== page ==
Bridge: Piano Music Vol. 3

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WORKS: Three Poems; Three Pieces; Miniature Pastorals Set No. 3; Three Improvisations; Three Lyrics; A Dedication; Berceuse etc
PERFORMER: Mark Bebbington (piano)


This concluding instalment in Mark Bebbington’s exemplary survey of Frank Bridge’s solo piano output lacks a single big unifying work, like the Sonata or the Dramatic Fantasia in the previous two volumes. But it spans the whole length of his keyboard-writing career from early light-music miniatures, such as the charming Pensée fugitive and Scherzettino written while he was still a pupil of Stanford at the Royal College of Music, to the radical late works from the 1920s. In these especially – as also in the Three Improvisations for left hand, written in 1918 for Douglas Fox, who had lost his right arm on the battlefields of Flanders – we can appreciate Bridge’s restless, questing imagination and his assimilation of continental influences. His last piece, Gargoyle, may remind us of Ravel’s Gaspard de la nuit, just as the simmering toccata Hidden Fires recalls Scriabin’s Vers la flamme, and it’s clear throughout that Bridge was absorbing aspects of Debussy, yet the results are wholly personal.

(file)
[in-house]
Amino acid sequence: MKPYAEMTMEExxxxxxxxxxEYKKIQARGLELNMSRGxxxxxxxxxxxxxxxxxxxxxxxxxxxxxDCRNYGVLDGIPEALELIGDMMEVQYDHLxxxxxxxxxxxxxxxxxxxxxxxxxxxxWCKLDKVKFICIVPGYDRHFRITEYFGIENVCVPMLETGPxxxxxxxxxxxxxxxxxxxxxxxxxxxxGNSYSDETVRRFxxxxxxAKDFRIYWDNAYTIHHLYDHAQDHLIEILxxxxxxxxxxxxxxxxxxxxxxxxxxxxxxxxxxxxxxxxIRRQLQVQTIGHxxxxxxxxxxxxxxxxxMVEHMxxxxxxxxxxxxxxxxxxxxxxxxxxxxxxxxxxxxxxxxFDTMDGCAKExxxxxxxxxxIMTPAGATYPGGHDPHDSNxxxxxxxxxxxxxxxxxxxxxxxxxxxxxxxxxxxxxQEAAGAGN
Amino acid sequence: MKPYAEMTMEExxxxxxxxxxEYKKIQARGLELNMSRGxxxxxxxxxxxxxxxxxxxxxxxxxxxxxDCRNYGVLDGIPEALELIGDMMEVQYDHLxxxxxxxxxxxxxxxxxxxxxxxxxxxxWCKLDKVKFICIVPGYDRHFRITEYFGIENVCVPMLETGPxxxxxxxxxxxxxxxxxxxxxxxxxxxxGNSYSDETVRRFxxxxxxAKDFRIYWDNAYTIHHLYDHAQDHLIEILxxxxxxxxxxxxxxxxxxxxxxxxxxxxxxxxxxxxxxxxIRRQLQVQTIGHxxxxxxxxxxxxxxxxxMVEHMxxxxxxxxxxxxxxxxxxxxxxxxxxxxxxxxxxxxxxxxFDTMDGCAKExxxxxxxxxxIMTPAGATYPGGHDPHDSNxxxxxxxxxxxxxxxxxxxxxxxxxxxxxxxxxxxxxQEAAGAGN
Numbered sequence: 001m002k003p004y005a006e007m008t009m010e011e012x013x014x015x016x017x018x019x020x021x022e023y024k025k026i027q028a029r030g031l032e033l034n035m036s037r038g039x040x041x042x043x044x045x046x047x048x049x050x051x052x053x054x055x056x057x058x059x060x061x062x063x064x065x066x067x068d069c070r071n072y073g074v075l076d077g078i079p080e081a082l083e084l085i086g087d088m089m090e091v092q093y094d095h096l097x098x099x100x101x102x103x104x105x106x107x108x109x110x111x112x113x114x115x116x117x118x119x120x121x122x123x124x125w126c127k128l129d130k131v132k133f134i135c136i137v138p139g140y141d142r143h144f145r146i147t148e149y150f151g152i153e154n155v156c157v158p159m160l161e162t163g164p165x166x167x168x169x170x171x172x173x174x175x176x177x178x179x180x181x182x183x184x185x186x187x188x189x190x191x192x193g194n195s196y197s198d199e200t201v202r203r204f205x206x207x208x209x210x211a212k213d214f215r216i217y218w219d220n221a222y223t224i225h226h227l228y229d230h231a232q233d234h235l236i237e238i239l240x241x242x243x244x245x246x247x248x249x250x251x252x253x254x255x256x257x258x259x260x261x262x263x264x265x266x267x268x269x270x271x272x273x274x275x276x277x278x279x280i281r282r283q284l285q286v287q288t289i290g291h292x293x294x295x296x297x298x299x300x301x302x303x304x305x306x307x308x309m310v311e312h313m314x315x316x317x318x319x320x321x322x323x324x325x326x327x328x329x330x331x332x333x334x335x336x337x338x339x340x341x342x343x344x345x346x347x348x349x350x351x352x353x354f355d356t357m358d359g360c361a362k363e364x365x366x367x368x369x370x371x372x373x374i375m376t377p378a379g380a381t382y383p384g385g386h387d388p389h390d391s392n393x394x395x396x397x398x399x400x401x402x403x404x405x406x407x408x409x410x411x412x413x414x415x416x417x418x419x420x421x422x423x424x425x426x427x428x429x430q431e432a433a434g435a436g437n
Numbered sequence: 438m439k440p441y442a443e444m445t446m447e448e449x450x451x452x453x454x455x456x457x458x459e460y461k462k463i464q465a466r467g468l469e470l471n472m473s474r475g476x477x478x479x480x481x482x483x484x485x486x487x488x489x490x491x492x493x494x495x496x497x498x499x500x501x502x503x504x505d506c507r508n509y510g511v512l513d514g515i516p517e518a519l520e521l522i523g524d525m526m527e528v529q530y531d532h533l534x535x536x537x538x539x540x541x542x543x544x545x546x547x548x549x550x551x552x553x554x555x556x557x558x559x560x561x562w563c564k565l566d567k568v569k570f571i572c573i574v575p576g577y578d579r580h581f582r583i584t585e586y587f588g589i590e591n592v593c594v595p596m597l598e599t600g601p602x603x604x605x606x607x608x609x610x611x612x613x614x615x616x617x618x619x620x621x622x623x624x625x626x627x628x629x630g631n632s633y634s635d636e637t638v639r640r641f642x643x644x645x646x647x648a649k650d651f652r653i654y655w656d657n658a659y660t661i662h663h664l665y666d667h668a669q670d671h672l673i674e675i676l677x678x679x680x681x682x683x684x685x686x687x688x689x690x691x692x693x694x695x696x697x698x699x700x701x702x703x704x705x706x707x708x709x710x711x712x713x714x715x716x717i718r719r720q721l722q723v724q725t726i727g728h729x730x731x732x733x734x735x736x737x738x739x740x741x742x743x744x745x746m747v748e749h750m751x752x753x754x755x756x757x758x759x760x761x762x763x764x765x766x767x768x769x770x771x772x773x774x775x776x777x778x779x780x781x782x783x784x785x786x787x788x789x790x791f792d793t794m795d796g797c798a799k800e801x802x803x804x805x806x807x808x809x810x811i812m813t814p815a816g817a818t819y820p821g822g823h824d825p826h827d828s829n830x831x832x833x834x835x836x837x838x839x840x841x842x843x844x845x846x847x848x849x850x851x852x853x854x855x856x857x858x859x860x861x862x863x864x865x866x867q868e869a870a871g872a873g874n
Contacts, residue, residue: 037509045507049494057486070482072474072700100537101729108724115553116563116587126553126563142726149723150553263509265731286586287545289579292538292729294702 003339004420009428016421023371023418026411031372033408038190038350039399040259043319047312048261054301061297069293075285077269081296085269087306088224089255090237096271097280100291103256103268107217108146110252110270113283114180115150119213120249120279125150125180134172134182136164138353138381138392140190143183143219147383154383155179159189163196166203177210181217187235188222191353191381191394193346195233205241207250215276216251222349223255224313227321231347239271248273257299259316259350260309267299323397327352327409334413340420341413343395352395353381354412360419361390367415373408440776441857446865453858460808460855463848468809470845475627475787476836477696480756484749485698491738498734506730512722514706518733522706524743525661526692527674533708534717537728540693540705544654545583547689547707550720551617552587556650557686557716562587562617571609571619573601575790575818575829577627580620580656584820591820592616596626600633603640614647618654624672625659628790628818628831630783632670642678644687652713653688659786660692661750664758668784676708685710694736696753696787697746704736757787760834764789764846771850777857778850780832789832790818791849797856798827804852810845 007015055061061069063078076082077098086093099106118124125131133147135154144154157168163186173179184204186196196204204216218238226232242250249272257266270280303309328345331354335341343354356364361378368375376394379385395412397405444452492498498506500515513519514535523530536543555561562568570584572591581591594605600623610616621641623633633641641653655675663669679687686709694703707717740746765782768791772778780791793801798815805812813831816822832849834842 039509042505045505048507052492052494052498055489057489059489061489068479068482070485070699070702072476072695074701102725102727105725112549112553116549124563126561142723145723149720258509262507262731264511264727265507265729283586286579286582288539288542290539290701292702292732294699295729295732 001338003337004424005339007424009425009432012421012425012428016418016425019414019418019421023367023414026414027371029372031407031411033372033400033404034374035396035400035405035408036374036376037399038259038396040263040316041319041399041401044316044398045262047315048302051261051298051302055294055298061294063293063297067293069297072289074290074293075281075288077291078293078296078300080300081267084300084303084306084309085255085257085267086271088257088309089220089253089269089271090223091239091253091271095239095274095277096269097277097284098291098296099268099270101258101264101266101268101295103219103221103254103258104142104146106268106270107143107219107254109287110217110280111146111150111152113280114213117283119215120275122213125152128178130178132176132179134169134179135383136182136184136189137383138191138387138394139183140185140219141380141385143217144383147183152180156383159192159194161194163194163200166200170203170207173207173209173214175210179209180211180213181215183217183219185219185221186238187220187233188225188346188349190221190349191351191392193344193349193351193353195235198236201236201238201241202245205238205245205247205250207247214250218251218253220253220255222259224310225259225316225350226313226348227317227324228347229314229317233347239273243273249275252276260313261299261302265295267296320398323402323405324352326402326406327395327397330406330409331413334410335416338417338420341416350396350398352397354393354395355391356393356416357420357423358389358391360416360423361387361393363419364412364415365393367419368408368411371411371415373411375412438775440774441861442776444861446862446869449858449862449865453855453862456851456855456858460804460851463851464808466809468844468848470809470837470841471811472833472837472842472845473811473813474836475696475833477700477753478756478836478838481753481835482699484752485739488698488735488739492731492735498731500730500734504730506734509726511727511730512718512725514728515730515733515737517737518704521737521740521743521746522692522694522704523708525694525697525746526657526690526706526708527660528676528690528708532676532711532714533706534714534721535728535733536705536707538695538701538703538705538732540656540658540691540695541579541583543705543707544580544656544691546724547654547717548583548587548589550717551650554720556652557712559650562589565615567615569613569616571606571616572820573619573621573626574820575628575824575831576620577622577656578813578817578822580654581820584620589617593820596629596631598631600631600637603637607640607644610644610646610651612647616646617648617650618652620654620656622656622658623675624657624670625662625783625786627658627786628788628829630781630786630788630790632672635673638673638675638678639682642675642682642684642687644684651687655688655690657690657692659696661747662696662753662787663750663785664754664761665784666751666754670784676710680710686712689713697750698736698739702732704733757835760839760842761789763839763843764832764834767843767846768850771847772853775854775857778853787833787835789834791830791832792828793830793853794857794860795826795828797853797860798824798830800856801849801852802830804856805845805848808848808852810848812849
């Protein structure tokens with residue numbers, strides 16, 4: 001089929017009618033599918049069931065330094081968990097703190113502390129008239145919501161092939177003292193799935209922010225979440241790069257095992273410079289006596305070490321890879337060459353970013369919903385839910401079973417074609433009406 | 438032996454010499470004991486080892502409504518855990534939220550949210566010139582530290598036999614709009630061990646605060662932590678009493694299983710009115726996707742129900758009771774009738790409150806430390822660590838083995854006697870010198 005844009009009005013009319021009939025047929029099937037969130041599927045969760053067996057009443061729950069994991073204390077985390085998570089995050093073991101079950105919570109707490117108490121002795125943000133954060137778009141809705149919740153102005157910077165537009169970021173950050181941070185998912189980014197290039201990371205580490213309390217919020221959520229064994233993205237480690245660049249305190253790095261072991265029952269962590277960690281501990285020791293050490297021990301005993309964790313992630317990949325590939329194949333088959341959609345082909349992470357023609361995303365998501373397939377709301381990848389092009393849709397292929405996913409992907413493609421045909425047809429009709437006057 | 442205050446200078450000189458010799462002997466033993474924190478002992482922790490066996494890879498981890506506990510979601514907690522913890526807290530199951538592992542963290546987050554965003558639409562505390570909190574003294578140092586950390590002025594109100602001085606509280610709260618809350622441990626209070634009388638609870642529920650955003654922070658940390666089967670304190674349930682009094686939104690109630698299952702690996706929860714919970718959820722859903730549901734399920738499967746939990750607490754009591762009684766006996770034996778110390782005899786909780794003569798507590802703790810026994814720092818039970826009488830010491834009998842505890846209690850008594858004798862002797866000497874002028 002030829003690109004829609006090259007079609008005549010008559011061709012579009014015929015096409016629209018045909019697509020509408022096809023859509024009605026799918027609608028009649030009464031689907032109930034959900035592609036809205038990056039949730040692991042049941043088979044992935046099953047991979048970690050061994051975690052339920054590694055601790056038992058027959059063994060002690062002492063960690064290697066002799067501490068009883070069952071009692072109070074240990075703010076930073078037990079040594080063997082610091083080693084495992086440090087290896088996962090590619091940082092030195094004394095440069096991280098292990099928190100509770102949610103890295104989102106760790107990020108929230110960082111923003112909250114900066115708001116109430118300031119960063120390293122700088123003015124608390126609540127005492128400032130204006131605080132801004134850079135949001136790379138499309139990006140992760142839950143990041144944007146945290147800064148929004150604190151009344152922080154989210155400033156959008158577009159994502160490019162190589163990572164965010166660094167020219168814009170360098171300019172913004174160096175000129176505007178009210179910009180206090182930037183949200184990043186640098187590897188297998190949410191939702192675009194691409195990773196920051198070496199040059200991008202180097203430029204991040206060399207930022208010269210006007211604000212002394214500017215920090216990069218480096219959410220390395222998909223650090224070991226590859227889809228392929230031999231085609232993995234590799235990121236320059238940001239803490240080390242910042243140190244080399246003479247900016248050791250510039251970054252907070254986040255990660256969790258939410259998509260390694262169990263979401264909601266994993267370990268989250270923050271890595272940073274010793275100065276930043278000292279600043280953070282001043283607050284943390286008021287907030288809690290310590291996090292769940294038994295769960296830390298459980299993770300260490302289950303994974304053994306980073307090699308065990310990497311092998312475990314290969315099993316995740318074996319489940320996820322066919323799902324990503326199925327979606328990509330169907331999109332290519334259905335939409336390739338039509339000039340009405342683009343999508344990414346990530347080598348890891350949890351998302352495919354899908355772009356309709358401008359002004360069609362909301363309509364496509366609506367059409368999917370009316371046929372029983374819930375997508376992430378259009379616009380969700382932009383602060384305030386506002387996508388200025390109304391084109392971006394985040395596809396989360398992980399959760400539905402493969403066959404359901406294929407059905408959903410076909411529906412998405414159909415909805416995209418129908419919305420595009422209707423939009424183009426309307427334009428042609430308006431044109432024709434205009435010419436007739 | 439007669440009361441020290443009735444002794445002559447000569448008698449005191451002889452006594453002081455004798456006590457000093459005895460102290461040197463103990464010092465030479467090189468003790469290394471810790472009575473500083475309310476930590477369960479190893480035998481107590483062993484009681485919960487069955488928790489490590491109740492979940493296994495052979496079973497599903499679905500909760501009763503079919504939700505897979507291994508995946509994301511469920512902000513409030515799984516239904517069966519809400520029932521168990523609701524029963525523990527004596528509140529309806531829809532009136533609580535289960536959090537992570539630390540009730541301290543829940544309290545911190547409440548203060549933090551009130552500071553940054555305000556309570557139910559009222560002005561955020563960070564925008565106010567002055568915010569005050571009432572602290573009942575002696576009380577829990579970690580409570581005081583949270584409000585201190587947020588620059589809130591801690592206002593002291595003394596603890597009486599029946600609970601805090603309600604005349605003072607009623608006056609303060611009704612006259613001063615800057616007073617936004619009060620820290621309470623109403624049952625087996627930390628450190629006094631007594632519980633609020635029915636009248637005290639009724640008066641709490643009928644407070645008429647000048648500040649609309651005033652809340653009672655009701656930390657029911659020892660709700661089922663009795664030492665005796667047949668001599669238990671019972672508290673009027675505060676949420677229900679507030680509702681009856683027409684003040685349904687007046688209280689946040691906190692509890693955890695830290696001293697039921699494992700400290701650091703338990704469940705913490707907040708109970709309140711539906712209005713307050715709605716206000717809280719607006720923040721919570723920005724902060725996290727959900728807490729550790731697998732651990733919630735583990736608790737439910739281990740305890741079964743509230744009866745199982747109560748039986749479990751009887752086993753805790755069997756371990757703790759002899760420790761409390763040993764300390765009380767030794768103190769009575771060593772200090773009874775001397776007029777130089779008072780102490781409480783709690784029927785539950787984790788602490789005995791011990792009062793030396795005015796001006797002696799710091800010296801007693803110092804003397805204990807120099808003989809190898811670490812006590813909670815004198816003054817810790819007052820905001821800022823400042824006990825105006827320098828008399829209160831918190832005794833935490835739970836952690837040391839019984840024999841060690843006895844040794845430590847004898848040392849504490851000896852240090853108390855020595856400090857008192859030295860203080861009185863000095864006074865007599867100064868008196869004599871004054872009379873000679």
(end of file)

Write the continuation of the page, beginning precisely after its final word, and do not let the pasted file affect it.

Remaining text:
Bebbington brings out the opalescent harmonies and wayward phrases of these pieces to perfection, and deftly characterises the various songsters in The Hedgerow. Perhaps the expressive high-points of the disc are the desolate Winter Pastoral of 1925 and the enigmatic A Dedication of the following year: Bridge at his most mystical and inward, very difficult to bring off, but performed here with rapt attentiveness and beauty of tone that reveals the expressive impact of these works. The recording is beautifully balanced, matching the sensitivity and sympathy of Bebbington’s playing. What a series this has been. Despite the real excellence of the competing cycles from Ashley Wass (Naxos) and Peter Jacobs (Continuum), this is ultimately the one to have. Calum MacDonald